Surprise: French research reactor converts to LEU

Nuclear Monitor Issue: 

(December 18, 1998) Through a combination of pressure from the US and failure of Russia to deliver High Enriched Uranium (HEU), the Institute Laue Langevin (ILL) in Grenoble, France, has agreed to convert its 57-MW High- Flux Research Reactor to the use of Low Enriched Uranium (LEU).

(504.4967) WISE Amsterdam - On November 12 a memorandum of understanding was signed between France and the US that conversion of the reactor from HEU to LEU would start "when it becomes technically and economically possible". As a reward for the conversion, the US would supply HEU until conversion is completed, and will also take back the spent fuel.
Since 1978, the US program for Reduced Enrichment for Research and Test Reactors (RERTR) has required promotion of development and use of LEU fuel for research reactors. The goal of the program was to reduce the international commerce of the bomb-grade HEU. In 1992, the Schumer Amendment banned the supply of US HEU to reactors refusing to cooperate with the program.
Due to this US policy, most research reactors did convert to LEU fuel or agreed to cooperate with the US to develop LEU fuel without loss of performance or extra costs for their reactors. The ILL reactor had its HEU supply from the US blocked when it restarted in 1995 after a four-year repair. It tried to buy HEU from Russia. Russia became an associate member of ILL in November 1996, in exchange for a contract for the sale of HEU by the Russian Ministry of Atomic Energy, Minatom. But due to problems between the Russian Ministry of Science and Minatom, the fuel was not delivered.

Who's next?
Only very few European research reactors are still using HEU:

  • the High-Flux Reactor in Petten, the Netherlands,
  • the BR2 reactor at Mol, Belgium, and
  • the FRM II reactor currently being built in Munich, Germany.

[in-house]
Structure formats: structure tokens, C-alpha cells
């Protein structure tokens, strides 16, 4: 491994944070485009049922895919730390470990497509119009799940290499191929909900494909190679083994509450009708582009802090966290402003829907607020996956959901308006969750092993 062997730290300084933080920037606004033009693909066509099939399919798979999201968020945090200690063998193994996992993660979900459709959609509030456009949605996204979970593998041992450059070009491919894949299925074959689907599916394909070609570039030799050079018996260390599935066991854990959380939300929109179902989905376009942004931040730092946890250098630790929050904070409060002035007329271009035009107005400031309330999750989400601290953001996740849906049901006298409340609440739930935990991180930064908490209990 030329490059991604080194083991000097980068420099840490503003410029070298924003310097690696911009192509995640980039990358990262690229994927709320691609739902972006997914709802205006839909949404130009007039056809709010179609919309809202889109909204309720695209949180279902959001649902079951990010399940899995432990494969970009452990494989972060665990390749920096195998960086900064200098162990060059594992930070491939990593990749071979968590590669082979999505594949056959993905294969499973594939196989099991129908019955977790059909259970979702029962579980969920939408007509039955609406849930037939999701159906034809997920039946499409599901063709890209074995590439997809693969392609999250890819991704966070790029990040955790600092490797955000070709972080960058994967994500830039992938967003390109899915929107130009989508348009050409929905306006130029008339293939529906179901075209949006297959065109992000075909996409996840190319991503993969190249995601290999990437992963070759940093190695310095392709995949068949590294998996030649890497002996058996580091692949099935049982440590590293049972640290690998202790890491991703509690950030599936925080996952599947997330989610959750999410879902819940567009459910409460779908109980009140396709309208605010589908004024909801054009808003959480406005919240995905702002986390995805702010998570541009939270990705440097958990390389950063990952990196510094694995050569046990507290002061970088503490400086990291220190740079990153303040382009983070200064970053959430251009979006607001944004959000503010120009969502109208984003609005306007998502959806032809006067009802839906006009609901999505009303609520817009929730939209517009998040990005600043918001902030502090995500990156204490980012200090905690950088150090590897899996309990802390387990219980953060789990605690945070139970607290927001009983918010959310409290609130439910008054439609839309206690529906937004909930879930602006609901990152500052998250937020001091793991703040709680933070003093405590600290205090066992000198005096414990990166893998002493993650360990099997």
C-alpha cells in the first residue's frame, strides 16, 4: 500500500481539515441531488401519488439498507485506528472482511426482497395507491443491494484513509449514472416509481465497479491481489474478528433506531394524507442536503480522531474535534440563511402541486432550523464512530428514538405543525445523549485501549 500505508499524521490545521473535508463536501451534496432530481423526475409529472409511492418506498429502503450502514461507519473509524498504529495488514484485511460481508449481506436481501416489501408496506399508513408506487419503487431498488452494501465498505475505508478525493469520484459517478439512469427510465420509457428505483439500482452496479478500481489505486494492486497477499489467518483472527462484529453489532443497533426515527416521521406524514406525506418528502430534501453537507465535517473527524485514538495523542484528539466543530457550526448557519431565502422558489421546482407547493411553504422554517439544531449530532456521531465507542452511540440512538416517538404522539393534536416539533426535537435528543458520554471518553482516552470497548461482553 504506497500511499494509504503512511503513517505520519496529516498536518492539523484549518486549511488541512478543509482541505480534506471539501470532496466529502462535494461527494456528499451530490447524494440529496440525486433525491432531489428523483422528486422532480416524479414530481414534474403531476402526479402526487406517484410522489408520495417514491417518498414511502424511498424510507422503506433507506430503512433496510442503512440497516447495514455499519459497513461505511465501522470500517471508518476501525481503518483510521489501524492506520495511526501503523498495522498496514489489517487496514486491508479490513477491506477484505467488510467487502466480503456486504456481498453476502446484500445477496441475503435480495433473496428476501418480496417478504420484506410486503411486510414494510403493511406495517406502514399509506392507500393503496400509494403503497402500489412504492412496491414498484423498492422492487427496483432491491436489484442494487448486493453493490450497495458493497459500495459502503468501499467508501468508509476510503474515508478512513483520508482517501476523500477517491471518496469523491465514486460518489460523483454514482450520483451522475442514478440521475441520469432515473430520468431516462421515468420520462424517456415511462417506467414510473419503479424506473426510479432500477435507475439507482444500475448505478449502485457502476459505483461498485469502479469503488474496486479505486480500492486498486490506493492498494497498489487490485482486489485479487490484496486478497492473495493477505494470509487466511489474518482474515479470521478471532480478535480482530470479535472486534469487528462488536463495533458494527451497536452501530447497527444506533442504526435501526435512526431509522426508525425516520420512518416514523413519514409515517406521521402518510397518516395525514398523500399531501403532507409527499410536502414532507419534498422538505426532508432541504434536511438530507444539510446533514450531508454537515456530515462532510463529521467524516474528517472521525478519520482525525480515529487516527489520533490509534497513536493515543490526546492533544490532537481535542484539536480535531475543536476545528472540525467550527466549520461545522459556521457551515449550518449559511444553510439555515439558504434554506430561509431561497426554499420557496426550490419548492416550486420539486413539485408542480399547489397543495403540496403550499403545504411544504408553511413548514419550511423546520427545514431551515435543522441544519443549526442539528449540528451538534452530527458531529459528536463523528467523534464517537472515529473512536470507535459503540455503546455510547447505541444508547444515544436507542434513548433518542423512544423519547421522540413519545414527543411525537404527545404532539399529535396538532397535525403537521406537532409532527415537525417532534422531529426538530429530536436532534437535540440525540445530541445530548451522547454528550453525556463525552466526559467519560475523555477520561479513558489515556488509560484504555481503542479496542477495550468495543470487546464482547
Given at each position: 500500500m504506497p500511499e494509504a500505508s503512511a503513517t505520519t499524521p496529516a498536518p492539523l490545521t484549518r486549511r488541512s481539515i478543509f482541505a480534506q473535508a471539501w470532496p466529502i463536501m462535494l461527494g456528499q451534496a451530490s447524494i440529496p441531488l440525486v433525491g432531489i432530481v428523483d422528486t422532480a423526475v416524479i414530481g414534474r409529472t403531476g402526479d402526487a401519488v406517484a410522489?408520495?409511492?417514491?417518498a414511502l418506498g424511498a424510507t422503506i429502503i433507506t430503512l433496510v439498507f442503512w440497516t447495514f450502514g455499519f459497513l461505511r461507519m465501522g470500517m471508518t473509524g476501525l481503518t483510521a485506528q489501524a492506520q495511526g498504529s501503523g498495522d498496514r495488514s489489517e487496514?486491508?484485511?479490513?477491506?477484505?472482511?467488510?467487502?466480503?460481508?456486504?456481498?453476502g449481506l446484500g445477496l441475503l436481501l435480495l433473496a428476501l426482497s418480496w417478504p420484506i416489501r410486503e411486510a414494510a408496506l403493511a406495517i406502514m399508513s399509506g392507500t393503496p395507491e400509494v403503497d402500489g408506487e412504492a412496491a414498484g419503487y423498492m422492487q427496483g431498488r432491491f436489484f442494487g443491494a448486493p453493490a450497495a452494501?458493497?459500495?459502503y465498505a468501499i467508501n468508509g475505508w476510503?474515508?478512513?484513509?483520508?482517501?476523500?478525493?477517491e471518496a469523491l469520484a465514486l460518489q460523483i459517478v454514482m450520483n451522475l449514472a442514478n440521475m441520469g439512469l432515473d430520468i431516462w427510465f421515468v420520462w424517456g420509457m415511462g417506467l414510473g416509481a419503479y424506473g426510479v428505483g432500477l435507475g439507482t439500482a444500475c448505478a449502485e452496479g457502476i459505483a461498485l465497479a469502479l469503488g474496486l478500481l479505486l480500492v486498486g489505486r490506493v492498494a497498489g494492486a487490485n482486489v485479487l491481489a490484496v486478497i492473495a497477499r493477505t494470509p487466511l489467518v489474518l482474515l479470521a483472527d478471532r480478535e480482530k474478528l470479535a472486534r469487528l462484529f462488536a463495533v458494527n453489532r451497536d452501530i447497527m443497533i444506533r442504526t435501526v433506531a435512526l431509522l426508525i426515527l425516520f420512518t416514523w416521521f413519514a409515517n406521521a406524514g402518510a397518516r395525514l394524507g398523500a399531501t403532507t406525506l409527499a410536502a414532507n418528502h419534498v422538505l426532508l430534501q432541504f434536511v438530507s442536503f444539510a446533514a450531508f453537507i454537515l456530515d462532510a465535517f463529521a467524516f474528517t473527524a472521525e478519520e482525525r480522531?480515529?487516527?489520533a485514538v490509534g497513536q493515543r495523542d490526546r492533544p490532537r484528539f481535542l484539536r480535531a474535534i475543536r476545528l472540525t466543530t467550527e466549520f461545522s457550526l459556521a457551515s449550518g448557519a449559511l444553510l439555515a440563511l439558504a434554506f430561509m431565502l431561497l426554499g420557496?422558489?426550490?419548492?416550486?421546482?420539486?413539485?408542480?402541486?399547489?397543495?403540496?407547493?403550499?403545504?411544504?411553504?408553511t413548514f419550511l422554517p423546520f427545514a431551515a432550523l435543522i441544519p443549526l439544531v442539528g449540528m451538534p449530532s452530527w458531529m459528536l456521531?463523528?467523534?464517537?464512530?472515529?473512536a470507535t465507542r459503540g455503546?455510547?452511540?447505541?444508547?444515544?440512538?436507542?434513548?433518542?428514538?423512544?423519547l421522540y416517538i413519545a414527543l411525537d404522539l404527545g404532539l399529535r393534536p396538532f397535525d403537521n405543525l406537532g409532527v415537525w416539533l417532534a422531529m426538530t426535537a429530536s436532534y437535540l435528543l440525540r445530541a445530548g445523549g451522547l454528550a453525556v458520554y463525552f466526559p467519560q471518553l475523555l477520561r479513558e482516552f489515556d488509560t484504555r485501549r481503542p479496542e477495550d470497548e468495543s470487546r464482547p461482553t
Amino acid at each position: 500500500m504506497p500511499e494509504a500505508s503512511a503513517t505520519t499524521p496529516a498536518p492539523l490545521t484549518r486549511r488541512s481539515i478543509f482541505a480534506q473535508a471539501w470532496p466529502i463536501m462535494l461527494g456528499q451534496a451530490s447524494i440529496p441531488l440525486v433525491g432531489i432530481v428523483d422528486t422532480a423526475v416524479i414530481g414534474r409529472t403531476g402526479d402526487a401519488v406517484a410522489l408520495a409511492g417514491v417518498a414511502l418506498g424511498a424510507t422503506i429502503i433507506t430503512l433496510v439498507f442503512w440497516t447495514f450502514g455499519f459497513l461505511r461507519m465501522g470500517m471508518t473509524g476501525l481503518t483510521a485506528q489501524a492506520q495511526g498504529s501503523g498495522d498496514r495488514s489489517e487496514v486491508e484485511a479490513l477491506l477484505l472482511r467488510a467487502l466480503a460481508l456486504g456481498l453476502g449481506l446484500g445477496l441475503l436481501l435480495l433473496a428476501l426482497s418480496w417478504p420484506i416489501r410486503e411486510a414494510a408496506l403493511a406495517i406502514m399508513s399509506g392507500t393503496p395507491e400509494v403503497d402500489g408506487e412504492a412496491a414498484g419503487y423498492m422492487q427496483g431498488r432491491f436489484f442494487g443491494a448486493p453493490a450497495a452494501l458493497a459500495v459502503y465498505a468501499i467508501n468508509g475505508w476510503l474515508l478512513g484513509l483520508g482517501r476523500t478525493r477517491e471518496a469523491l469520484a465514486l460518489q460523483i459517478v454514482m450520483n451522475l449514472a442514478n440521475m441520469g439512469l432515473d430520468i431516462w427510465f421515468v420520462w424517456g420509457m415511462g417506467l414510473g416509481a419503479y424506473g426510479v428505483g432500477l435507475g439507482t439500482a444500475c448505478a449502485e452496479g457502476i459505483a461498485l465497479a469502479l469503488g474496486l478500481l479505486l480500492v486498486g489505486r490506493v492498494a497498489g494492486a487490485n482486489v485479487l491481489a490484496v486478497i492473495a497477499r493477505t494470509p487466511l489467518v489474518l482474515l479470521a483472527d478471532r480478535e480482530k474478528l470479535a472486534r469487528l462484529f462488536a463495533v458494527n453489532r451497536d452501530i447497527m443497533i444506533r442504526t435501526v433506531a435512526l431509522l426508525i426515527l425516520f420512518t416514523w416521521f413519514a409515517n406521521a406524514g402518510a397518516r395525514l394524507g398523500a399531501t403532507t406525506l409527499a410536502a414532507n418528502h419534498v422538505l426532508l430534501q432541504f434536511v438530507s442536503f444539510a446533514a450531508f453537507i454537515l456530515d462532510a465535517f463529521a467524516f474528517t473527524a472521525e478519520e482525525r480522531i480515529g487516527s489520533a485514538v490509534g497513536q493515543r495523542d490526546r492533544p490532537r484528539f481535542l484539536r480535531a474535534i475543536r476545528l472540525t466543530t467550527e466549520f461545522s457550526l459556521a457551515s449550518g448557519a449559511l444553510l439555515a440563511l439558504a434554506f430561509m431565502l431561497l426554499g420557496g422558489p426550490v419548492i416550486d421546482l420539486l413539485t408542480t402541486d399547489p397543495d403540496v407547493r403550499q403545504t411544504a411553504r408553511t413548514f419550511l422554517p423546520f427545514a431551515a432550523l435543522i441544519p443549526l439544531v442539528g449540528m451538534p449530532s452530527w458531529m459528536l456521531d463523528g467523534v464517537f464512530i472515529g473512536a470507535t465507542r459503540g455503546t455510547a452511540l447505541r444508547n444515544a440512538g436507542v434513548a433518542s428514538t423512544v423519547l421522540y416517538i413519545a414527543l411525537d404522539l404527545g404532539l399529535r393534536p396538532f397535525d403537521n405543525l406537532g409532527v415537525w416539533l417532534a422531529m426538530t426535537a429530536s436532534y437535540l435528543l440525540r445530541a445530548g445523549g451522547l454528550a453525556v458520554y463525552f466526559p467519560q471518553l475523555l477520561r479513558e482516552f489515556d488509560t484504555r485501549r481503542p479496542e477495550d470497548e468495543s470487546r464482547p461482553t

Recently, the new red-green German government stated that the use of bomb-grade uranium fuel in research reactors was "problematic and dubious in terms of foreign policy". The government is to check again if FRM II could be converted to LEU fuel. The university of Munich, owner of the FRM II, formerly cited the refusal of the French to convert their ILL reactor to LEU to support their reluctance. Now they cannot do that any more.
Operators of the Petten and the BR2 reactors have long been interested in conversion but have not yet agreed to do so. In the meantime, they have also discussed the sale of HEU with Russia. For Petten it was a problem that they had to apply for a new license, which could be delayed by opponents.
What is their reaction to this sudden French change-of-heart and the Russian failure to supply HEU?
Press spokesman Cundy of the HFR at Petten said: "Early next year a study at costs and other aspects of conversion will be completed. A decision will be made after that." A license to build a storage site for the Petten spent fuel was destroyed by the Council of State of the Netherlands in 1998. So there is no solution yet for their nuclear waste problem. The storage pool on site would run out of capacity within two years. The storage problem will be solved (that is, for the HFR) if it is decided to convert, because the US would then take back the HFR spent fuel.

Source: Nature, 19 November 1998, p. 203 / Telephone conversation with Mr. Cundy (HFR Petten) on 1 December 1998
Contact: Nuclear Control Institute, 1000Connecticut Av. NW#804, Suite 704, Washington DC 20036, USA
Tel: +1-202-822 8444; Fax: +1-202-4520892